MYTH: Henry Ford paid his workers double the market rate so they could afford the products that they were paid to make. This is why we need a “living wage.”
REALITY: Henry Ford paid these “efficiency wages” to lower the rate of turnover, absenteeism and the associated costs to the firm from either. The competitive free-market is why he raised his wages.
Henry Ford—who had paid his employees a competitive $2.25-2.50, struggled to maintain a satisfied workforce. Ford revolutionized manufacturing with the assembly-line production process, and in a period from 1908-1914, the composition of his workforce changed. The relative speed Ford could produce cars due to standardizing of parts and the specialization of his labor force, reduced the need and costs of skilled craftsman in the production process.
The change in skill level demanded for labor increased greatly the labor supply, and surprisingly, the turnover rates as well. For every 100 positions open, Ford had to hire 370 workers just to keep them filled. Absenteeism had reached 10% a day, further adding to production losses. One would think that with such high demand for these jobs, along with competitive market wages, it would satisfy the requirements to retain and elicit effort from his workforce, but this just wasn’t the case.
Implicit in these high turnover and absenteeism rates are losses incurred by Ford Motor Company. Search costs are those incurred by firms for finding a suitable employee to hire. Moreover, advertising, screening applications and interview processes take time and cost money. Even in low-skilled occupations, almost 22 person-hours are required to fill a vacancy. Even after an employee is hired, general or specific training is often needed before workers are able to produce commensurate with their pay, this training also makes them valuable to competition and their loss more costly to their employer.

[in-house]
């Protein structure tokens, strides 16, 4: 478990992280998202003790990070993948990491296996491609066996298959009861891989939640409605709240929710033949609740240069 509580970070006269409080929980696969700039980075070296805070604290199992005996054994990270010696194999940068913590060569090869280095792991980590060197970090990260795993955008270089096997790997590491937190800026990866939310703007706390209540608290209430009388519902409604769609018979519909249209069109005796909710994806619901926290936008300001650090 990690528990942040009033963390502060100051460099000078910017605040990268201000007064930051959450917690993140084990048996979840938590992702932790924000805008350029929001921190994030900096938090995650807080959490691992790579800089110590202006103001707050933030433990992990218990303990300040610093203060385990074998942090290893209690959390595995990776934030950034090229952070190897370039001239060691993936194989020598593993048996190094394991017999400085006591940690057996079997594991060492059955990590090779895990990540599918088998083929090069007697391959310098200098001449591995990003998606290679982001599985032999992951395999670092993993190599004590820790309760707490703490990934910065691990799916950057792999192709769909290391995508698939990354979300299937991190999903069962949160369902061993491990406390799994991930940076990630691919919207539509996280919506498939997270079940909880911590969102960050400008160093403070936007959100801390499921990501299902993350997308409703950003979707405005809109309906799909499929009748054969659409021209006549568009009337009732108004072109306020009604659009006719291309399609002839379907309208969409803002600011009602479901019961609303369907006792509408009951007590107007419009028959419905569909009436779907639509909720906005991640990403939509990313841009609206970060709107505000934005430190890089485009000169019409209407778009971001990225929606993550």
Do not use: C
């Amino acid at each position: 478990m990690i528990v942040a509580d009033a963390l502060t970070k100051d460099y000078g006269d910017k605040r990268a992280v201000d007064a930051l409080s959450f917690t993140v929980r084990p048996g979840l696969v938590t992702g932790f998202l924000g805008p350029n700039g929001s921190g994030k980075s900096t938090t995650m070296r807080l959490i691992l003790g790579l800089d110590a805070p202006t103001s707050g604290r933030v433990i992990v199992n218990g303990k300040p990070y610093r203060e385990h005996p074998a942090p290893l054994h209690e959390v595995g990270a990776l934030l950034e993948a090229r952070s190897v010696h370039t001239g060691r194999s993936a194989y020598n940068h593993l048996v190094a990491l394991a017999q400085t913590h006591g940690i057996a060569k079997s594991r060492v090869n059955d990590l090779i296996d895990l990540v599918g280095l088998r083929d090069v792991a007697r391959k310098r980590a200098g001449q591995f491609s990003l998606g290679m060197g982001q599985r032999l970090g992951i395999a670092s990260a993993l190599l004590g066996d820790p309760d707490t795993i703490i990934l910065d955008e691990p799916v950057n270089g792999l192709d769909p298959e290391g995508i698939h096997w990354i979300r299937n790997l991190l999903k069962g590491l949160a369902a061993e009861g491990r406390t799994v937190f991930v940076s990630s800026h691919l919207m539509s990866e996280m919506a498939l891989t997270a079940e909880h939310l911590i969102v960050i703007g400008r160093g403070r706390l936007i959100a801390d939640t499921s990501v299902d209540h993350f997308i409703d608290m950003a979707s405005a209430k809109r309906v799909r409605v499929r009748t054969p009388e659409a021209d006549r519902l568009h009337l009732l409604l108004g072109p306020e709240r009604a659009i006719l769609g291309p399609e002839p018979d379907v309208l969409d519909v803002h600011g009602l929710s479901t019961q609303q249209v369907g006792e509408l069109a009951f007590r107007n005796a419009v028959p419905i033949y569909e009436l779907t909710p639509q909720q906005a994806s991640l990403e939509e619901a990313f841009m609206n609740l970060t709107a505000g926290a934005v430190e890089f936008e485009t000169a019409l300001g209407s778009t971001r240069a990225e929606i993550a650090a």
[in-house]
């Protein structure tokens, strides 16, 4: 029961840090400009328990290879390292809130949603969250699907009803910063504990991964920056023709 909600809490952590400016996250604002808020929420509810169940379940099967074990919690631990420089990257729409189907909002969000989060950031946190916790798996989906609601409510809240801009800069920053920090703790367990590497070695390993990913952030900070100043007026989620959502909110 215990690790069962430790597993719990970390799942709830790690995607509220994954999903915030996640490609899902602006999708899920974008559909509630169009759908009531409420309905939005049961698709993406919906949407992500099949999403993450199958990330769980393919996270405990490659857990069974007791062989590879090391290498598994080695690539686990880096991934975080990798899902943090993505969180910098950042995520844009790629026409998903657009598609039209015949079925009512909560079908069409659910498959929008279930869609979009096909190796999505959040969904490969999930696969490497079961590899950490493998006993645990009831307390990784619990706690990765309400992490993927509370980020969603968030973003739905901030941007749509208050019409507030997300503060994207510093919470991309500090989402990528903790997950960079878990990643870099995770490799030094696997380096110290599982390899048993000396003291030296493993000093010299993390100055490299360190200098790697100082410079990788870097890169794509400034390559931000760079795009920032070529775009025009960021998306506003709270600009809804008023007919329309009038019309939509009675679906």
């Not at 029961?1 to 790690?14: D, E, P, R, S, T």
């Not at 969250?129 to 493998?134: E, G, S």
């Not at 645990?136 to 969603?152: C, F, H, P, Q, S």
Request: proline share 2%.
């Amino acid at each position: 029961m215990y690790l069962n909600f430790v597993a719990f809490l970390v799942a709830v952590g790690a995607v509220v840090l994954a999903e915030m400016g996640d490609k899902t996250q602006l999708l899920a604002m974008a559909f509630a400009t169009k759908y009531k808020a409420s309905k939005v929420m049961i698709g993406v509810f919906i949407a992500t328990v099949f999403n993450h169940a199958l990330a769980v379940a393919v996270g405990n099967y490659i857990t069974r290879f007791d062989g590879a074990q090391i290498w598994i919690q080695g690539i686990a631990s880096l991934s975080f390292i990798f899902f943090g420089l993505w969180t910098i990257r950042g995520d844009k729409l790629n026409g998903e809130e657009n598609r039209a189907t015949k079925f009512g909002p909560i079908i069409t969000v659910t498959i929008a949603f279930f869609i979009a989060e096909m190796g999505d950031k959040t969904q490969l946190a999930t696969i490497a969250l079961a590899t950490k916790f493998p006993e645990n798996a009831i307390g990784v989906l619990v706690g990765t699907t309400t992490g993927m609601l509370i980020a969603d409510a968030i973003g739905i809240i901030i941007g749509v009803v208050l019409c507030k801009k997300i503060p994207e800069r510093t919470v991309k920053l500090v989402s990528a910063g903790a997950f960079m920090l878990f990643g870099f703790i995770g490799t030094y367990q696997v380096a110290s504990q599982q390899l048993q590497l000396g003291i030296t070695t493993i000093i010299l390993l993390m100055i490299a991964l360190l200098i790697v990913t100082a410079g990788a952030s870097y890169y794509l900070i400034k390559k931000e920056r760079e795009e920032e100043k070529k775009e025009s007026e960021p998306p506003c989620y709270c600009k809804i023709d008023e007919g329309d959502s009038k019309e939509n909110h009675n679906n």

By 1914, Henry Ford instituted a 5 dollar a day wage, available only to employees that had been with the company for at least six months. At the same time, only those job applicants that have been living at least six months in the Detroit area would be considered for employment. In the period of March 1913 to March 1914, the quit rate at Ford decreased by 87% and discharges decreased by 90%. Similarly, the absentee rate dropped by 75% from October 1913 to October 1914. Though, this wage increase perhaps didn’t help Ford maximize profits, it did raise morale, effort and productivity.